The Golden Age of American animation was a fantastic time for cinema. It started in 1928 with the advent of sound cartoons and continued until the '60s when the rise of television animation started to beat out the epic feature length films.
Disney Animation Studios produced some of their most iconic works during this time, right up until Walt Disney died of lung cancer in 1966. Characters such as Mickey Mouse and Donald Duck, who are still insanely popular today, are products of the Disney Golden Age.
Check out some of the more famous films from that time period and some of the insane trivia about the films you may not have known:
1937 - Snow White and the Seven Dwarfs
Over fifty ideas for the dwarfs' names and personalities were proposed, including: Awful, Biggy-Wiggy, Blabby, Deefy, Dirty, Gabby, Gaspy, Gloomy, Hoppy-Jumpy, Hotsy, Jaunty, Nifty, and Shifty. Dopey was the last name to be developed.
The women of the ink and paint department of Disney Animation Studios applied real make-up to cels of Snow White, to give her a more rosy and life like complexion!
1940 - Pinocchio
Although the character of Pinocchio is very well known for his nose growing when he lies, it only happens once in the film!
Figaro, the cute kitten belonging to Geppetto, was Walt Disney's favorite character and he pushed for the kitten to appear in the film as much as possible.
1940 - Fantasia
The animators of the film secretly modeled elements of the Sorcerer on Walt Disney - the eyebrows were the main giveaway, as well as the name they called the character, Yen Sid, or 'Disney' spelled backwards. Talk about cheeky!
Fantasia, at 125 minutes long is Disney's longest ever animated film. The next longest is Frozen which clocks in at 102 minutes.
1941 - Dumbo
This is the only Walt Disney animated feature film that has a main character who doesn't speak!
Cels for Dumbo are very rare in the industry, for quite a funny reason: when the scenes for the movie were finished, the animators would spread the used cels along the corridors and slide down the hallways on them! Also the grey paint that was used so often for the elephants skin would 'pop' when the cels were flexed.
1942 - Bambi
Bambi was intended to be the second feature film for Disney, after Snow White and the Seven Dwarfs, and went into pre-production in 1936. However due to Walt Disney's perfectionism, the project was delayed for so long that Pinocchio, Fantasia, The Reluctant Dragon and Dumbo were all released before Bambi.
When the voice actor for Thumper, 6-year-old Peter Behn, first auditioned for an angry casting director who shouted, "Get that kid out of here! He can't act!" However, when the Disney animators heard the tape, they loved the sound of Behn's voice so much the character of Thumper was created based on his vocal performance.
1950 - Cinderella
The beautiful scene when Cinderella's torn dress transforms into the white ball gown is considered to be Walt Disney's favorite piece of animation.
Cinderella was Walt Disney's biggest hit since Snow White and the Seven Dwarfs and if the film hadn't succeeded it may have been the last film for Disney Studios. Luckily it succeeded and the profits allowed Disney to finance more animated and live-action productions, establish a distribution company, enter television production and begin building Disneyland!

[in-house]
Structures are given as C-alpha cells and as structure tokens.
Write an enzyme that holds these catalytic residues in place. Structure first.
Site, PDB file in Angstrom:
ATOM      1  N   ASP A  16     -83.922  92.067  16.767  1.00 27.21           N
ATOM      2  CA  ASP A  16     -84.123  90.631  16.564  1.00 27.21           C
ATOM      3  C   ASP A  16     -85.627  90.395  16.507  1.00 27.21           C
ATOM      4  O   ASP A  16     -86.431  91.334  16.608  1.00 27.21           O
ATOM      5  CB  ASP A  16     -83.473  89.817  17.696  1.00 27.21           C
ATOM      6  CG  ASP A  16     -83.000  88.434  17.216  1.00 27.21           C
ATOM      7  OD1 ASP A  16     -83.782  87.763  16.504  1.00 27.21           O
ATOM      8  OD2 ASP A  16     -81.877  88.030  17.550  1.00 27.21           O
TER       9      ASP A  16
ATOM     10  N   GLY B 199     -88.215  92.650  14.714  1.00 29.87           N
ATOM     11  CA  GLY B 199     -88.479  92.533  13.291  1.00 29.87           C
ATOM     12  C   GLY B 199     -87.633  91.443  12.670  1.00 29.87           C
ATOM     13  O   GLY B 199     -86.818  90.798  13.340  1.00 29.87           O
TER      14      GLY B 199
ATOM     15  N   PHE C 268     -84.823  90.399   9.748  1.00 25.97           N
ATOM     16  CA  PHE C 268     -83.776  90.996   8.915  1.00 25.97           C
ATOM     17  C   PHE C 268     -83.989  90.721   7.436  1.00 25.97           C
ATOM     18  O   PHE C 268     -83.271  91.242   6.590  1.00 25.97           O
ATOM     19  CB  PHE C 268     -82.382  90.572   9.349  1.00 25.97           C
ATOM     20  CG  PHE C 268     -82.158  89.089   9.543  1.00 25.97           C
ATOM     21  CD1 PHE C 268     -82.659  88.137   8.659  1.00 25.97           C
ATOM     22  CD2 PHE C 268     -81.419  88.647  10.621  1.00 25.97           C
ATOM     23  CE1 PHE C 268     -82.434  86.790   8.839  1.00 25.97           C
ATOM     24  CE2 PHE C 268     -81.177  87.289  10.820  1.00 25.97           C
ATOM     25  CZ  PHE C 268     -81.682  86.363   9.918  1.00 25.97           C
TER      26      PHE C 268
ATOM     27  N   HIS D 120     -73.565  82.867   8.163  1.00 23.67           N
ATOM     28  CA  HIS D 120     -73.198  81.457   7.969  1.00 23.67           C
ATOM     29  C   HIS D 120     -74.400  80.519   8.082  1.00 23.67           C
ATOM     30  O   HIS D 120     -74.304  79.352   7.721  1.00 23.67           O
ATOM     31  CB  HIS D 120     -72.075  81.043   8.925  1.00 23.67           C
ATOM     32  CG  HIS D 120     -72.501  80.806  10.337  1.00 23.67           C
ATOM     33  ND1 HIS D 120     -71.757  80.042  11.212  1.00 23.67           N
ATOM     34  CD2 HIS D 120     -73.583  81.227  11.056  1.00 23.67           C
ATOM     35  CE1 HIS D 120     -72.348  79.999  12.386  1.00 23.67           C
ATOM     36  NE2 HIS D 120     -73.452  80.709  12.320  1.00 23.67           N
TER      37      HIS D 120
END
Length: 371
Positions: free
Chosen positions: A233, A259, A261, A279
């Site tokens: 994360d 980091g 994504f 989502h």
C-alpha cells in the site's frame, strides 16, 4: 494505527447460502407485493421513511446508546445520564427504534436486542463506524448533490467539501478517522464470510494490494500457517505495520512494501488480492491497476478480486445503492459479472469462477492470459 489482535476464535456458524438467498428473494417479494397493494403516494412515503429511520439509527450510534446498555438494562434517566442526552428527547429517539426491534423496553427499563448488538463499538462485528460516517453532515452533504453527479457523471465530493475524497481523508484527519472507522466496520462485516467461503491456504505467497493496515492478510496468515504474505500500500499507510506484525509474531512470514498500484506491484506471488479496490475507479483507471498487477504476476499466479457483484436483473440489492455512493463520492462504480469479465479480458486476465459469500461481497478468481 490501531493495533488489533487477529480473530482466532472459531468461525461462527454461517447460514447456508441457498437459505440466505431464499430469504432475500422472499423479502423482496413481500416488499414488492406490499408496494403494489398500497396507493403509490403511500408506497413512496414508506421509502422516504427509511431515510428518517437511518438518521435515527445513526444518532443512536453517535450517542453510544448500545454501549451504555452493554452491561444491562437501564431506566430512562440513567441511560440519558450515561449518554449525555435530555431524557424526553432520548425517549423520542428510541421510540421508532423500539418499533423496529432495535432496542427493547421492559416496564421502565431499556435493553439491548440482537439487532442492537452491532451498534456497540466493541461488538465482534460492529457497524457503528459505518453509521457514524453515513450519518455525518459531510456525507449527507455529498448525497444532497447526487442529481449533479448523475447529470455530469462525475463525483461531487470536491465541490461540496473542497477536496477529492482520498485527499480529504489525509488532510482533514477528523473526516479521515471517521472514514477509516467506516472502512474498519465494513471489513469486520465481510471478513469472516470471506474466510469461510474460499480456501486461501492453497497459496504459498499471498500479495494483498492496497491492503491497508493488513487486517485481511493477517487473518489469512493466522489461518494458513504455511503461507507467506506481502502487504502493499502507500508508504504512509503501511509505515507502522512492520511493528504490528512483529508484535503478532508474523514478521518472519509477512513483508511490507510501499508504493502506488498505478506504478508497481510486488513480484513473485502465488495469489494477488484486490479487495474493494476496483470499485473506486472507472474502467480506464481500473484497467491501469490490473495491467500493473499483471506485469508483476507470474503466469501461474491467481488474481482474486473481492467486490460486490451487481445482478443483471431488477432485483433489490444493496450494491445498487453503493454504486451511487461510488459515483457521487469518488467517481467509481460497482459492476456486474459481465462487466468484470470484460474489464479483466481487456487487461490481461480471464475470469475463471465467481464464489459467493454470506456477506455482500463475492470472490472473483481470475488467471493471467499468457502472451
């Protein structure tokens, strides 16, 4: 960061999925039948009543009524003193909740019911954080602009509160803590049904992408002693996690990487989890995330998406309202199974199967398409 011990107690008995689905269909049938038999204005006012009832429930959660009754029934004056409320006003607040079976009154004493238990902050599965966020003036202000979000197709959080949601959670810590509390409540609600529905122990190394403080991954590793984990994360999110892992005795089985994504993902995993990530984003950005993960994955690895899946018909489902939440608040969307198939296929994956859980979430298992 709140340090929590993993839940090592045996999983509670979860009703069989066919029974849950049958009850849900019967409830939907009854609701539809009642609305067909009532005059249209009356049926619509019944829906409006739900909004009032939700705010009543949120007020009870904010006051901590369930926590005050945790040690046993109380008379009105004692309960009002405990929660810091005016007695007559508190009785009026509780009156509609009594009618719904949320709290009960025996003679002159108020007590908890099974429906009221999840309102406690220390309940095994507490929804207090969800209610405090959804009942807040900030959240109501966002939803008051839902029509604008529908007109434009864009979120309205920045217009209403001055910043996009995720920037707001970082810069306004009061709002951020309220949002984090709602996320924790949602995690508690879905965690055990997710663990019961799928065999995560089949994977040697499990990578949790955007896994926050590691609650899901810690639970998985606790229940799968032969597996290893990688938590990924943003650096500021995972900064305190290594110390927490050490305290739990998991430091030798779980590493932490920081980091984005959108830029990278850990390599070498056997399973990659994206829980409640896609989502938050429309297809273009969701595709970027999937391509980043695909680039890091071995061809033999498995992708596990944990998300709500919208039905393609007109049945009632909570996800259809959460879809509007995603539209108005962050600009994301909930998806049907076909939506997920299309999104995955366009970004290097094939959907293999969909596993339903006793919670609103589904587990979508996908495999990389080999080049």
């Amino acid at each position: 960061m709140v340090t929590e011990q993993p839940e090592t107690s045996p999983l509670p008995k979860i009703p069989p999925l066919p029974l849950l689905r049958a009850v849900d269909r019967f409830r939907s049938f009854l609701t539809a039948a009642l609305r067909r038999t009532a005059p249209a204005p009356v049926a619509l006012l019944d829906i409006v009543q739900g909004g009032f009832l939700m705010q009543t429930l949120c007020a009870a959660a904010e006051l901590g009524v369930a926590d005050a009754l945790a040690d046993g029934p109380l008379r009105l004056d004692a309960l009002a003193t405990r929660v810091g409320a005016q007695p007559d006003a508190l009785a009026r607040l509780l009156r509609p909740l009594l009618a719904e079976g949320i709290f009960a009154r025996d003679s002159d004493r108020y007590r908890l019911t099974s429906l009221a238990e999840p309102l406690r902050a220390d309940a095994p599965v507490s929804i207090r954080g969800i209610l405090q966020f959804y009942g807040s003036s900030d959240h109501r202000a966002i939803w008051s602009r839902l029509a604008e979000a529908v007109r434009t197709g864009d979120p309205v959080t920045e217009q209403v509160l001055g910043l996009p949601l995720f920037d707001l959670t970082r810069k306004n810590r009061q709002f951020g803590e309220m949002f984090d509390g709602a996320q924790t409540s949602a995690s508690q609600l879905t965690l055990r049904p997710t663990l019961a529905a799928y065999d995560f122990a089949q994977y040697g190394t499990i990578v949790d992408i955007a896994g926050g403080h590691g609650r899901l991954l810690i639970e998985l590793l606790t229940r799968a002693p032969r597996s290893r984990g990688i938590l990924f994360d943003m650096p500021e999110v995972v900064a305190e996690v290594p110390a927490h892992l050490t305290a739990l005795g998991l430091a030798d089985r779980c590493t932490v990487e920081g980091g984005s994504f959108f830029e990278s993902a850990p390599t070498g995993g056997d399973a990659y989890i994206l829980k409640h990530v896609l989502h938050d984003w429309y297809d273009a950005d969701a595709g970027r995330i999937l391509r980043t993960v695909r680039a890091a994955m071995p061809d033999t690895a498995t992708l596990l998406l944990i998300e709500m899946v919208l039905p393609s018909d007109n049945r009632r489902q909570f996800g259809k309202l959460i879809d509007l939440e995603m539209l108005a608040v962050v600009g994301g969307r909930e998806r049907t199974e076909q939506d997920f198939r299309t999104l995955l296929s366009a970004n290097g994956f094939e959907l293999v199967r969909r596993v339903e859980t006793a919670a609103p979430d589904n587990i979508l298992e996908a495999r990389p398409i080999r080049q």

1951 - Alice in Wonderland
The Doorknob was the only character in the film that did not appear in Lewis Carroll's book.
Kathryn Beaumont, the voice of Alice, also narrates the Alice in Wonderland ride at Disneyland.
1953 - Peter Pan
Even though Peter Pan was successful, Walt Disney didn't like the finished film at all, in particular he felt that Peter Pan was a cold and unlikeable character.
Captain Hook originally lost his right hand in the play, however the Disney artists thought it would limit his actions too much and swapped it to his left hand instead.
1955 - Lady and the Tramp
Even though the spaghetti-eating scene is one of the most iconic moments in Disney films, Walt Disney originally didn't want to include it!
The film's opening sequence, when Darling unwraps the hat box with Lady inside, is apparently based on in Walt Disney's life. After he'd forgotten a dinner date with his wife, he offered her the puppy-in-the-hat box surprise and was immediately forgiven!
1959 - Sleeping Beauty
Sleeping Beauty was the last fairy tale produced by Disney until The little Mermaid in 1989, which is when the Disney Renaissance began.
The scene where Briar Rose meets Prince Phillip for the first time during "Once Upon a Dream," was a very difficult scene for the animators to get right. Walt Disney rejected it repeatedly and it had to be done four times over before it was accepted, almost bankrupting the studio in the process.
1961 - 101 Dalmatians
Unfortunately, the commercial failure of Sleeping Beauty meant costs needed to be cut for 101 Dalmatians and a process called Xerography was used instead. The Xerography technique is the reason why the animation had the scratchy, hard outline look and it took until The Rescuers in 1977 for technology to catch up and allow a softer look. Apparently Walt Disney hated the rough style the Xerography process brought about.
Apparently there is a crazy 6,469,952 spots in the movie: 72 on Pongo, 68 on Perdita and 32 on each pup.